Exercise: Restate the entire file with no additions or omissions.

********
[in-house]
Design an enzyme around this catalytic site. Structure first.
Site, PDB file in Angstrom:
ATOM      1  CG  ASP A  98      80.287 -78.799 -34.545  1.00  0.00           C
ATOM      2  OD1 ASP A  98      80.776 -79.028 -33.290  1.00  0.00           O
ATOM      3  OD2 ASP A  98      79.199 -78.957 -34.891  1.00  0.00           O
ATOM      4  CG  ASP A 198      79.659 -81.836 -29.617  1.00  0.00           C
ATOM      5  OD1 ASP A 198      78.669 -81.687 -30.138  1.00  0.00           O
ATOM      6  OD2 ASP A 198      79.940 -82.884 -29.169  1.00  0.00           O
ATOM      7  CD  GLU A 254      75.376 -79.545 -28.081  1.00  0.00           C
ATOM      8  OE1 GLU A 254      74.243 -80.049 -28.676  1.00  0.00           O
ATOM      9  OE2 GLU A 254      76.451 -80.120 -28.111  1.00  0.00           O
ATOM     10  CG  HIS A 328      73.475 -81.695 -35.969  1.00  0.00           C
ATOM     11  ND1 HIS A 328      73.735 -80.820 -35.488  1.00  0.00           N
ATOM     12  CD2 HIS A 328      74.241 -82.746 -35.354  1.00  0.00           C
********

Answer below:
[in-house]
Design an enzyme around this catalytic site. Structure first.
Site, PDB file in Angstrom:
ATOM      1  CG  ASP A  98      80.287 -78.799 -34.545  1.00  0.00           C
ATOM      2  OD1 ASP A  98      80.776 -79.028 -33.290  1.00  0.00           O
ATOM      3  OD2 ASP A  98      79.199 -78.957 -34.891  1.00  0.00           O
ATOM      4  CG  ASP A 198      79.659 -81.836 -29.617  1.00  0.00           C
ATOM      5  OD1 ASP A 198      78.669 -81.687 -30.138  1.00  0.00           O
ATOM      6  OD2 ASP A 198      79.940 -82.884 -29.169  1.00  0.00           O
ATOM      7  CD  GLU A 254      75.376 -79.545 -28.081  1.00  0.00           C
ATOM      8  OE1 GLU A 254      74.243 -80.049 -28.676  1.00  0.00           O
ATOM      9  OE2 GLU A 254      76.451 -80.120 -28.111  1.00  0.00           O
ATOM     10  CG  HIS A 328      73.475 -81.695 -35.969  1.00  0.00           C
ATOM     11  ND1 HIS A 328      73.735 -80.820 -35.488  1.00  0.00           N
ATOM     12  CD2 HIS A 328      74.241 -82.746 -35.354  1.00  0.00           C